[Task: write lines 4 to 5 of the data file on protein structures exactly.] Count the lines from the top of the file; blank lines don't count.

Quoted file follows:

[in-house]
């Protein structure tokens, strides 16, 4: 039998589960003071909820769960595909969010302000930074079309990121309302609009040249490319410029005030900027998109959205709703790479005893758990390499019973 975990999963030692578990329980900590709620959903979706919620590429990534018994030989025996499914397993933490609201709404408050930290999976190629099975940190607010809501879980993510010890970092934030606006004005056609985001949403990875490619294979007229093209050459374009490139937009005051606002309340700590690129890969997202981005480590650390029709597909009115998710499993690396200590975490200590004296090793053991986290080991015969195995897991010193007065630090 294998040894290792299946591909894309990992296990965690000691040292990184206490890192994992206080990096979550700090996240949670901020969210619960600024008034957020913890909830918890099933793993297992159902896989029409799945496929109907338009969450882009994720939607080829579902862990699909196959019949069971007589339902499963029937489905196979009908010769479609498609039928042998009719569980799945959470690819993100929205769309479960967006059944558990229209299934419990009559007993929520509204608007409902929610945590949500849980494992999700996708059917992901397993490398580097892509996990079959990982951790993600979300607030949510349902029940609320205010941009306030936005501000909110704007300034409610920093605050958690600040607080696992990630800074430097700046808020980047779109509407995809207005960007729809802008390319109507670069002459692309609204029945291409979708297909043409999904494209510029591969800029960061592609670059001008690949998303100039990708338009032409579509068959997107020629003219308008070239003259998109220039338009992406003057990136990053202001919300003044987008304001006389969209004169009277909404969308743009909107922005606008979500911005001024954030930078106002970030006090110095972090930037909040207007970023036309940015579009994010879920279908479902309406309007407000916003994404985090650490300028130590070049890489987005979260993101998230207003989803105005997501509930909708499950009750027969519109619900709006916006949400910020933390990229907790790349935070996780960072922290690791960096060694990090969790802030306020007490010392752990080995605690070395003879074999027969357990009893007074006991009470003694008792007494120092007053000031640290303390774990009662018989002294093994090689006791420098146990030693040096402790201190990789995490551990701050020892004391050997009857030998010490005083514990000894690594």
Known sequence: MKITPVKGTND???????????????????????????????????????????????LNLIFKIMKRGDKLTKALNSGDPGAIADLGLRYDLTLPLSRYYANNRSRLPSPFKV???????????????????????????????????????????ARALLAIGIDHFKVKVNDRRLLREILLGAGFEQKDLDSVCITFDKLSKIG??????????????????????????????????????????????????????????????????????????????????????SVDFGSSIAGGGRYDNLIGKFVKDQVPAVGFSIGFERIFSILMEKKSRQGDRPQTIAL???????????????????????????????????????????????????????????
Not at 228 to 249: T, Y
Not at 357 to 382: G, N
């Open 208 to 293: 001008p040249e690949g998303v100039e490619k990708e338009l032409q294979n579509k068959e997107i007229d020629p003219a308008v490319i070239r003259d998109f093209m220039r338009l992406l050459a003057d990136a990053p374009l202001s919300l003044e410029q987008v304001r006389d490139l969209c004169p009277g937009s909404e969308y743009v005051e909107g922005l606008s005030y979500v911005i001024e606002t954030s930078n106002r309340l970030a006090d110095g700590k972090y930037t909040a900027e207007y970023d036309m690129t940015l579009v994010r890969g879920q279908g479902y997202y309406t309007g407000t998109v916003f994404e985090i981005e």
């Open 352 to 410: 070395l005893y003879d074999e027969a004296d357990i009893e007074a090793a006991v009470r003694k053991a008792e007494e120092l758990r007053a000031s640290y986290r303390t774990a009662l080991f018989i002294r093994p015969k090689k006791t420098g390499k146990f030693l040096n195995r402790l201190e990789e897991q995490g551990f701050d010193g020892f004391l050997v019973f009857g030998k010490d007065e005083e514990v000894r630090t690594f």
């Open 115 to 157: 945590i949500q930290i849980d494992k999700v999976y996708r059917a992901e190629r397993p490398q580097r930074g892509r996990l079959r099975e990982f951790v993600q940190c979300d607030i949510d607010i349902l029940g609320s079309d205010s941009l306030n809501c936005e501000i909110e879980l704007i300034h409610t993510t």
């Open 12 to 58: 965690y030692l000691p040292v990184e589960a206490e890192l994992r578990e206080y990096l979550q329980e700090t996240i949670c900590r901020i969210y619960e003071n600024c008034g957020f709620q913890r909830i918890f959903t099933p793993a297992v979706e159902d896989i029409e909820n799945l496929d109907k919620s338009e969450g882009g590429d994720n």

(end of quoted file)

Not at 228 to 249: T, Y
Not at 357 to 382: G, N